Karate is not only physical but also mental training. Its exercises lead to a harmonious balance in life.
Tetsuhiro Hokama, Dr. Ph.D
10th Dan Goju-Ryu Karate, Hanshi
President of Goju-Ryu Kenshikai
Curator of the Okinawan Karate Museum, Uehara Nishihara
The Historical Development of Okinawan Karate
Understanding the Kata
Three Levels of Techniques: Omote, Chuden and Okuden
Some important Okinawan Masters
Fifty Years of Okinawan Karate (Tetsuhiro Hokama)
Karate as Seen by Today’s Okinawan Masters
Cultural Differences in How the Human Body is Viewed
The Importance of Acupunture in Karate
The Role of Bubishi
Okinawa’s Social Structure and the Origin of its Martial Arts
For the original inhabitants of Okinawa Island the word Oki meant “sea”. Like a “cloak” (nawa), this island seemed to have been cast over the surface of the sea (Okinawa). The Chinese referred to it as Ryu Kyu (Lyu Kyu). The island itself was under the rule of the many lords of the Anji Dynasty until the end of the 11th century A.D. While a myriad of myths surround the first King, Tenson, the first “official” King was Shunten (1187). During the fourth generation of the Tamagusuku Period, three independent kingdoms emerged: Hokuzan in the north, Nanzan in the south, and the central region of Chuzan. Central rule remained in the hands of Tamagusuku. This era is known as Okinawa’s Period of Warring States. In 1337, during the Ming Dynasty, King Satto of Chuzan (from the citadel of Urasoe) sent a delegation to China as well as to neighboring countries to study their forms of martial arts with the aim of strengthening his own military forces. The kings of the northern and southern regions, however, had the same idea and did likewise. Chusan sent a delegation of 52 men to study the art of military battle, Nanzan sent eighteen and Hokuzan a group of nine. Military knowledge of other Asian countries, the art of battle with and without weapons, was integrated into the kingdom in this way and put into practical use. It has been surmised that this was perhaps the origin of the ensuing art of Karate. Several years later King Hashi of Chuzan was able to defeat the opposing kingdoms and unite the country. This increased and reinforced his military power and he then moved his seat of government to Shuri, in the vicinity of the important ports of Naha and Tomari.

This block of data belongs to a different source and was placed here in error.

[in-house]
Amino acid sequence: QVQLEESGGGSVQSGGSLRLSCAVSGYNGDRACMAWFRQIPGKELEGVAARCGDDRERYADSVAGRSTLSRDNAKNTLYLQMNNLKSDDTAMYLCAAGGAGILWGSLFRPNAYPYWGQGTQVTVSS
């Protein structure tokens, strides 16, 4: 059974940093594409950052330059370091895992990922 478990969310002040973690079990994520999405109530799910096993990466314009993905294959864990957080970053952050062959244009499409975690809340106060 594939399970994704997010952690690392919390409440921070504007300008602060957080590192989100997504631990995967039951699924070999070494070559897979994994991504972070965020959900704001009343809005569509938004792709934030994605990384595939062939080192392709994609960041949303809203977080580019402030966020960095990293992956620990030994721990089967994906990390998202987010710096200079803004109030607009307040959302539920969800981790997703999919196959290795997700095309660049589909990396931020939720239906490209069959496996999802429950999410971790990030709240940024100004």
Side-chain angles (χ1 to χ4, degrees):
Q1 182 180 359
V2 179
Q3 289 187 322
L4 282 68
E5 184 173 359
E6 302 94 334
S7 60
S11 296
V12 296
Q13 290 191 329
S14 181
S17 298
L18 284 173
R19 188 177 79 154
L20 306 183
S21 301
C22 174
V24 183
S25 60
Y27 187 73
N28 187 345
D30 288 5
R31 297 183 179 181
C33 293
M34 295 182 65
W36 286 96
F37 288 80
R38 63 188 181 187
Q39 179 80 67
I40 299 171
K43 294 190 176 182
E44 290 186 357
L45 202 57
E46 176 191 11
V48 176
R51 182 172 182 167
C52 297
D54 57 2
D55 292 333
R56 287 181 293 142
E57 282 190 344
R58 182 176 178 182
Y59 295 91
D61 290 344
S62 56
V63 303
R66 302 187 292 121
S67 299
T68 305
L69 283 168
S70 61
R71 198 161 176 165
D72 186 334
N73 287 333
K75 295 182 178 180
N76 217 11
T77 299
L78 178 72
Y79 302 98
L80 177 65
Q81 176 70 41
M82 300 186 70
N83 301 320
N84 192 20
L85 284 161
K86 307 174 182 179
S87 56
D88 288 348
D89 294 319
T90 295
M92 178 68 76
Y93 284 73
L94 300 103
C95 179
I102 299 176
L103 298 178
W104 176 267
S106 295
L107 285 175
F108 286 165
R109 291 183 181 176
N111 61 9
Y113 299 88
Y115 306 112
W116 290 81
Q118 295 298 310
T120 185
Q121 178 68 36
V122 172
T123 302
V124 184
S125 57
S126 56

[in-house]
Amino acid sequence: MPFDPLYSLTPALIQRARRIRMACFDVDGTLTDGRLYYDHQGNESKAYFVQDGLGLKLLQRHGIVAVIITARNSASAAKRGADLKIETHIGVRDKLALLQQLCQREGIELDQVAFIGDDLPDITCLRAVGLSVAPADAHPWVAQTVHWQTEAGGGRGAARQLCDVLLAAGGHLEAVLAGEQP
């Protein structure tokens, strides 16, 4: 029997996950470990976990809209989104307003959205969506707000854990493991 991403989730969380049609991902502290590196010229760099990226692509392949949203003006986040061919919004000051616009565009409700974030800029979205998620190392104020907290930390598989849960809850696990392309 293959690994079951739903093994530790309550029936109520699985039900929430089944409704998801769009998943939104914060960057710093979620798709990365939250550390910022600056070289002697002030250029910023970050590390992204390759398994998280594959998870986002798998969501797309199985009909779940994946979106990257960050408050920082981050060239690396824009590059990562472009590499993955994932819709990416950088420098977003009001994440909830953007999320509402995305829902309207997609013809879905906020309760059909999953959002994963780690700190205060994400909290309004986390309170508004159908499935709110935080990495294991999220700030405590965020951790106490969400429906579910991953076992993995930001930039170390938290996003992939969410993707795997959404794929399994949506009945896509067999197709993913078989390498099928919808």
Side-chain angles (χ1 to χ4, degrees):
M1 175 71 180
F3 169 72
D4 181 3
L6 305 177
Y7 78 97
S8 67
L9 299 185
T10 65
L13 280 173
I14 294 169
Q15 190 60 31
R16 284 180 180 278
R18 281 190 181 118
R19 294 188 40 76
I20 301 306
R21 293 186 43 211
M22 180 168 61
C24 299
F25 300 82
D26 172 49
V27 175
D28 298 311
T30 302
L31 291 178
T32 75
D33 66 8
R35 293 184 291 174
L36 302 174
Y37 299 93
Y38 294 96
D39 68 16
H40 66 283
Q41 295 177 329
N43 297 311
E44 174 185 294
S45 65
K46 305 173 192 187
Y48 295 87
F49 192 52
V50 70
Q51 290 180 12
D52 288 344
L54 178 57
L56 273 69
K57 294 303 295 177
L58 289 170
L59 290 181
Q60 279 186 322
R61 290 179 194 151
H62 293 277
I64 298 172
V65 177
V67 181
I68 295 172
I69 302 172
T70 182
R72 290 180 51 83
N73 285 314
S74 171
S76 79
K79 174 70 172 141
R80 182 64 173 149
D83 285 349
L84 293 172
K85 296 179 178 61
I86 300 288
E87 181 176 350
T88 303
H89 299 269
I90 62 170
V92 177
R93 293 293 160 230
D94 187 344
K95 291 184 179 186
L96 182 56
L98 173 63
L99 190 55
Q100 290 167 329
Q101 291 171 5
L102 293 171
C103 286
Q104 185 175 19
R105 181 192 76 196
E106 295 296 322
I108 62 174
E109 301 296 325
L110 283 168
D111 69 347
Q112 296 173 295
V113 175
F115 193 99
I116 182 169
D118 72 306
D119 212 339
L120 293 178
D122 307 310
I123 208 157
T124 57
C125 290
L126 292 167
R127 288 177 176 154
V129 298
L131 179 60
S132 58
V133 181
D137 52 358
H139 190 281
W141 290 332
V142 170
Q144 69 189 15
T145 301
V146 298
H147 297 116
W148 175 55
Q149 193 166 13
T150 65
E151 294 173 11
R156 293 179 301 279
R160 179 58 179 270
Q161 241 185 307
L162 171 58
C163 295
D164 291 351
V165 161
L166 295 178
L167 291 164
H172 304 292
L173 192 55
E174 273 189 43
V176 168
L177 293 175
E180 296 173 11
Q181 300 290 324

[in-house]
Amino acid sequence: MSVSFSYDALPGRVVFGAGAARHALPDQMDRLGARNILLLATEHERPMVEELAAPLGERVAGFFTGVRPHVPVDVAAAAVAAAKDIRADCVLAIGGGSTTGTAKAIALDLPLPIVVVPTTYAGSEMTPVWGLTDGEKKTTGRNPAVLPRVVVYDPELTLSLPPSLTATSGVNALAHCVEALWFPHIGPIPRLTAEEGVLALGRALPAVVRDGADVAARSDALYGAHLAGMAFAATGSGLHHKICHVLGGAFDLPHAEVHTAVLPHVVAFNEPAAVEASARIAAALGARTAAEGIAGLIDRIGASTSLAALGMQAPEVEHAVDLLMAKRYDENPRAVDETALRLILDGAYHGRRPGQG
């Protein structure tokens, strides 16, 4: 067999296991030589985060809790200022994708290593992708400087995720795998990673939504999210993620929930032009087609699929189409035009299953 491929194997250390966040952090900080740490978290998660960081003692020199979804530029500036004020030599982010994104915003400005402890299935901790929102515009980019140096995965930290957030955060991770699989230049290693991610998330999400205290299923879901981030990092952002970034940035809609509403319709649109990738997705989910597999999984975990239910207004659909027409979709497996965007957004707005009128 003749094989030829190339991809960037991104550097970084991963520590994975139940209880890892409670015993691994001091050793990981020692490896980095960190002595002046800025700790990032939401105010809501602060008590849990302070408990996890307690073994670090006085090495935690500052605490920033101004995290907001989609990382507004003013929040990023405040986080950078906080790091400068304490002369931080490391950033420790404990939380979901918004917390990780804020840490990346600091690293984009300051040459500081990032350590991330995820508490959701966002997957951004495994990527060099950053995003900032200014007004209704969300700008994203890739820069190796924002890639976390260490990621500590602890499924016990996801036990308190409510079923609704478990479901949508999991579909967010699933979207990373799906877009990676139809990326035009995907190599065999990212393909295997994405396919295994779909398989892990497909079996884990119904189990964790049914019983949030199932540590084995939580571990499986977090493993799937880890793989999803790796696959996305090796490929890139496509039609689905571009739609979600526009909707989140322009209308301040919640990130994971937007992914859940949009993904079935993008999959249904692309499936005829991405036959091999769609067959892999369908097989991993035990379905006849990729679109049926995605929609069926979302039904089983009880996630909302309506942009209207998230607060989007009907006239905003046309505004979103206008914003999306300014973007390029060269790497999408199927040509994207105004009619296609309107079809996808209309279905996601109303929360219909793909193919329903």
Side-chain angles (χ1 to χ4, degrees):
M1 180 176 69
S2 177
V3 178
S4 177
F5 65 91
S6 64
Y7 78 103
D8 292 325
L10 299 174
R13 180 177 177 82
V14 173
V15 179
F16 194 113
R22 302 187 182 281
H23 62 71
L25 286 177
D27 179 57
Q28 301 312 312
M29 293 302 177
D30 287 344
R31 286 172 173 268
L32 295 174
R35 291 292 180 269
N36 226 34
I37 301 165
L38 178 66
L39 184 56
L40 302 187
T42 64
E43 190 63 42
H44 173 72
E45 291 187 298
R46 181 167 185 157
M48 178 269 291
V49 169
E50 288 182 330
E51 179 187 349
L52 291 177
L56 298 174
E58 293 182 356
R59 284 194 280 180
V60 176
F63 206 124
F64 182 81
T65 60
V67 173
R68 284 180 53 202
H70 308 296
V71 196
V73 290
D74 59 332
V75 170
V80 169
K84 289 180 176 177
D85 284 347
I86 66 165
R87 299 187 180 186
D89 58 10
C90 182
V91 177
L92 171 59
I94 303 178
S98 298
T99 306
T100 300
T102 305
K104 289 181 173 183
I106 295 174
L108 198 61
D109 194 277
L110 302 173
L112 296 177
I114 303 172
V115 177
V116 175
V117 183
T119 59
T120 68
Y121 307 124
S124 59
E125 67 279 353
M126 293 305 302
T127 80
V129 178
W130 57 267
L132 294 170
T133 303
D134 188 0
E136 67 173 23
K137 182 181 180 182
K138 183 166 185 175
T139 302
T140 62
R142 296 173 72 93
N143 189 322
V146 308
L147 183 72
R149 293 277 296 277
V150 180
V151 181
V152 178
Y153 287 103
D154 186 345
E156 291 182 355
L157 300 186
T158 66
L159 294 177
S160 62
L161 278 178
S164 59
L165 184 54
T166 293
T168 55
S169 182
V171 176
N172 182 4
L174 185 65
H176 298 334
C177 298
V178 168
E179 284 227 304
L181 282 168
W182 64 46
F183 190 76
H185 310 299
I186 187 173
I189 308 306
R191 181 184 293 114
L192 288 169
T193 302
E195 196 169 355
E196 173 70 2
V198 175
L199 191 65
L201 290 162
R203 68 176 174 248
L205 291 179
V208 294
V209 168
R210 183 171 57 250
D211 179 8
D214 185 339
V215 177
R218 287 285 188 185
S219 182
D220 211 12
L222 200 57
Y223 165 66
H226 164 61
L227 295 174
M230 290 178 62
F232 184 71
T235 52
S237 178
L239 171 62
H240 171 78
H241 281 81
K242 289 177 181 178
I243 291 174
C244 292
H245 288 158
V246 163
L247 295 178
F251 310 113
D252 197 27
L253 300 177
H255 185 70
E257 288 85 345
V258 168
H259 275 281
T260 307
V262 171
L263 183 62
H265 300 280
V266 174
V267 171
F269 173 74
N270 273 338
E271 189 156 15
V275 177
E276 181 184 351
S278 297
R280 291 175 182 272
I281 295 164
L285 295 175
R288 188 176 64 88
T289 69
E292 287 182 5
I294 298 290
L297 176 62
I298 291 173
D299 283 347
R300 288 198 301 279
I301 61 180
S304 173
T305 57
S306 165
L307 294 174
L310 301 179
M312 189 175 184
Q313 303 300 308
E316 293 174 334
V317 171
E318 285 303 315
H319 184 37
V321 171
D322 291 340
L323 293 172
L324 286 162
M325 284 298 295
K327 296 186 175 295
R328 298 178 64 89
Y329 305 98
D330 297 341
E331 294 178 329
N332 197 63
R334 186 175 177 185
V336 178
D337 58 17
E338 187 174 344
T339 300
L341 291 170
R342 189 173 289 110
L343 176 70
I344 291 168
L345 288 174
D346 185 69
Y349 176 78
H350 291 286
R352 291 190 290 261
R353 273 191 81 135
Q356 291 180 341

Okinawa´s Shuri Castle (Exhibition Model)
Reinforcement of Shuri Castle on Okinawa